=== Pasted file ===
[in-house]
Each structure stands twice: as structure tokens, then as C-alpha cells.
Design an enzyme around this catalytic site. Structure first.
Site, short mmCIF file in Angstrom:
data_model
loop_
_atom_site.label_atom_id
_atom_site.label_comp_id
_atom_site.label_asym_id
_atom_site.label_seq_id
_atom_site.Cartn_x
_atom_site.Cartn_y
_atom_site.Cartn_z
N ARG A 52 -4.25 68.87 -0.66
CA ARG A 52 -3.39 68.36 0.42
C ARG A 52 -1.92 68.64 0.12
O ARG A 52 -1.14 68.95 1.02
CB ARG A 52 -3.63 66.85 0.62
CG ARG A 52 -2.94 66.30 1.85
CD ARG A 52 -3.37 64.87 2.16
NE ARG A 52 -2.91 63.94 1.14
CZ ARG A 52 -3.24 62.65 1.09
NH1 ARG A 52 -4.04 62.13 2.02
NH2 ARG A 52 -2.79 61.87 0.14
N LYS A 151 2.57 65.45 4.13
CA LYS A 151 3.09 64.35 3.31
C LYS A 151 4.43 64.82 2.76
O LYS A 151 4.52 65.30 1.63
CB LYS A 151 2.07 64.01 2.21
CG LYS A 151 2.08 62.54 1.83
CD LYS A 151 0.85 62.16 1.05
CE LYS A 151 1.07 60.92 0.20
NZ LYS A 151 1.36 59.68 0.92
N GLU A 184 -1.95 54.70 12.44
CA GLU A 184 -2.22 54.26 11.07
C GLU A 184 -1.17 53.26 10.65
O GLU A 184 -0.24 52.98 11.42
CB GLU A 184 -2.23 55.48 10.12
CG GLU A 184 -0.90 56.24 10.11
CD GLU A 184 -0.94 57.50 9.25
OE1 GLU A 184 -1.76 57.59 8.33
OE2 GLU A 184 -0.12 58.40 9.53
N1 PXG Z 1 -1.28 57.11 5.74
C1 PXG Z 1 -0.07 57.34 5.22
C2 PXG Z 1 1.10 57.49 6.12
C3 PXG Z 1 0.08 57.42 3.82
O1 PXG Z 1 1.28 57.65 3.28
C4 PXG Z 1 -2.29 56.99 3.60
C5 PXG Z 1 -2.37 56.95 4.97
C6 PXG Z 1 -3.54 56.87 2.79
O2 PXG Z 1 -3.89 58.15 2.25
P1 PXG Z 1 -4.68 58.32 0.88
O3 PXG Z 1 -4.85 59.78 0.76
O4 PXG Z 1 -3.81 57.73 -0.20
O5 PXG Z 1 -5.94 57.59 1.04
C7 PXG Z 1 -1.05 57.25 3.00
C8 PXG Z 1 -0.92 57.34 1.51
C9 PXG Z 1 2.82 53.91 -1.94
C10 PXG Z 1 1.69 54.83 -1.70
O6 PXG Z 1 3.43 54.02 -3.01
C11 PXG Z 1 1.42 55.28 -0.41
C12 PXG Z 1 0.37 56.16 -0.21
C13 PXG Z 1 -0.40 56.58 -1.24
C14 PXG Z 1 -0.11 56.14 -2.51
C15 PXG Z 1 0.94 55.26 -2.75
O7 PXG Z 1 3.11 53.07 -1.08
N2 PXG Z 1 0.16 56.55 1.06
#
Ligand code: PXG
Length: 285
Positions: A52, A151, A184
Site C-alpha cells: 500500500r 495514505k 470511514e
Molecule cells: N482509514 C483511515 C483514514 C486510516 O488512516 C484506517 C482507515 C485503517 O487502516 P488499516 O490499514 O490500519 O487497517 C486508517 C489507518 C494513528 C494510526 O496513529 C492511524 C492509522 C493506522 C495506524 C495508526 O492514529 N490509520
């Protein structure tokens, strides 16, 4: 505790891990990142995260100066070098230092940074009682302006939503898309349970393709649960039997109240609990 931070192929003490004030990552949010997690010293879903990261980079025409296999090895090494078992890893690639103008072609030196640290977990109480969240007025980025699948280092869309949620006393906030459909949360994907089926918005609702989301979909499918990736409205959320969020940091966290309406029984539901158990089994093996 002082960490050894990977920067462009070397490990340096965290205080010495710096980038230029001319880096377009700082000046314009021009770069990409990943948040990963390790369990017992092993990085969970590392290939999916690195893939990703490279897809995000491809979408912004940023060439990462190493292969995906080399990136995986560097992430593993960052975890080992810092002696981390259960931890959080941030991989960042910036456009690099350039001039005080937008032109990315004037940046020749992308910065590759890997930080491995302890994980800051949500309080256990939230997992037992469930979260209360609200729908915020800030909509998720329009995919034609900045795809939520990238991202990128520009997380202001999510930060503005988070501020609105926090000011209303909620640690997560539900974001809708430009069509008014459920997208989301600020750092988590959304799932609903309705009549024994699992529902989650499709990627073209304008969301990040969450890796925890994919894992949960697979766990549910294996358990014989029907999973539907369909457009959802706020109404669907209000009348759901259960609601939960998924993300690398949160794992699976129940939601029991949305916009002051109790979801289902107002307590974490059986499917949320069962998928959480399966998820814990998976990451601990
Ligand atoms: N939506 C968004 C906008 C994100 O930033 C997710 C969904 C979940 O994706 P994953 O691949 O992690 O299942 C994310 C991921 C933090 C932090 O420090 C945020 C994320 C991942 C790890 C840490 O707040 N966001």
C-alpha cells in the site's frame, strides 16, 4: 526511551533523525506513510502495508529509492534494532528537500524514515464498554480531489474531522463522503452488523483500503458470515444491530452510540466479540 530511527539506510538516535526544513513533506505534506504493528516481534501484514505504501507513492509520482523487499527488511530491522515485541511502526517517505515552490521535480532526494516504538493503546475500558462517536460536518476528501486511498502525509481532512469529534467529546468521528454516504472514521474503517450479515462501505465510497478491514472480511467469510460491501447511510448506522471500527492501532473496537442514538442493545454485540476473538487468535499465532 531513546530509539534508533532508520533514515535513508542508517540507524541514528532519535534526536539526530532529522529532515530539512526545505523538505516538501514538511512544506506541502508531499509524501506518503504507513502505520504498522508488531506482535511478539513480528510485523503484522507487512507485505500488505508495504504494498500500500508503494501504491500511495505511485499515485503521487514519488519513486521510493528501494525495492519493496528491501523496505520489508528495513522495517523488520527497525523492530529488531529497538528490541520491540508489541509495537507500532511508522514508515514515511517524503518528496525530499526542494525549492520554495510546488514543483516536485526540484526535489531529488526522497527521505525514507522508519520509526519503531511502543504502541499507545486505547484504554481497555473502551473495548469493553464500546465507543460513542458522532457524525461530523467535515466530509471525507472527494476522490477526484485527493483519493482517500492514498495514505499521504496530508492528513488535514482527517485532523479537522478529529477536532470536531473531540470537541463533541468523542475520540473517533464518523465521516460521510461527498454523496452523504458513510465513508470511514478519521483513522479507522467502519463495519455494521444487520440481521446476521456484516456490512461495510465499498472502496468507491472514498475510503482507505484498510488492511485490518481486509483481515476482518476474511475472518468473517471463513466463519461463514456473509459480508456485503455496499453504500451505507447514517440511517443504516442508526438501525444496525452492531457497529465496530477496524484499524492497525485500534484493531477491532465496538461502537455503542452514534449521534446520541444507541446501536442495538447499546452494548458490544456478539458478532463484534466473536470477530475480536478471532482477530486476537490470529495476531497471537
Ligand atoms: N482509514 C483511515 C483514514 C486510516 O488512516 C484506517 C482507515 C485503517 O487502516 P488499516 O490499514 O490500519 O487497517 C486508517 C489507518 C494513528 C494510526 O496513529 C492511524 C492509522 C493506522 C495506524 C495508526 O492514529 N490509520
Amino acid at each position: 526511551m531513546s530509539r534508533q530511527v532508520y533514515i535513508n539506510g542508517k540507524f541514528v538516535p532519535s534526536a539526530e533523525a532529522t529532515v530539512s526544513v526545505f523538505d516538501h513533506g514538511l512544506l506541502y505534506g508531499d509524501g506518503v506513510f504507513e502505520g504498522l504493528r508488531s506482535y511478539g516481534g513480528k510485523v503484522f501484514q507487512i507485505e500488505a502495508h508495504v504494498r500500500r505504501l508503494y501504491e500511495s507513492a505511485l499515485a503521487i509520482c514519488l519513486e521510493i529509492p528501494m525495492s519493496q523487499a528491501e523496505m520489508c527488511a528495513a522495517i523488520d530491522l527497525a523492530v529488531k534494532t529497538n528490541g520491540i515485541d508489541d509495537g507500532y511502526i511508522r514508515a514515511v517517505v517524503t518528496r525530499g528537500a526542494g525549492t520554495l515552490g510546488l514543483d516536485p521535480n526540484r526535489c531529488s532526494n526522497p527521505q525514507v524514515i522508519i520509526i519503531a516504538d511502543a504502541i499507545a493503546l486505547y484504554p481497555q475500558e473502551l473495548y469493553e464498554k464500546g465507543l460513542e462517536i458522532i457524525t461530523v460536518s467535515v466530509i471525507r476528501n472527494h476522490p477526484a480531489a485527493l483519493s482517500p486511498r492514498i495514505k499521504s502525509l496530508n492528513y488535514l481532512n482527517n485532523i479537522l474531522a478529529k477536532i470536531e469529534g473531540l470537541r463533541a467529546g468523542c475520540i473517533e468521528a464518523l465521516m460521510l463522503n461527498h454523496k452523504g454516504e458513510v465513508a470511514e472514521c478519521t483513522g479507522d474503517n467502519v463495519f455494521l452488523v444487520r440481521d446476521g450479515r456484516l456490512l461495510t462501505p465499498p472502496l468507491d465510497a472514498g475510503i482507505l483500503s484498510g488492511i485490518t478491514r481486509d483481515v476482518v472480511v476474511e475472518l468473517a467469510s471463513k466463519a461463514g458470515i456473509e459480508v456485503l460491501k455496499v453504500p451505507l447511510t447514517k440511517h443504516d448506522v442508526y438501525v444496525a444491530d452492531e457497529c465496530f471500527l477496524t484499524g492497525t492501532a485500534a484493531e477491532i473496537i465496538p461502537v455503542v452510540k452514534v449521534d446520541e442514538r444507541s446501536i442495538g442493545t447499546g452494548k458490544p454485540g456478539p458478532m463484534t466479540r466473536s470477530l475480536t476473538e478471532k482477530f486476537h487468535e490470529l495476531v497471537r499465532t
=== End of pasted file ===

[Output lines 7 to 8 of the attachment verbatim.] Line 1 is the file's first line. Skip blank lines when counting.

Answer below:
_atom_site.label_atom_id
_atom_site.label_comp_id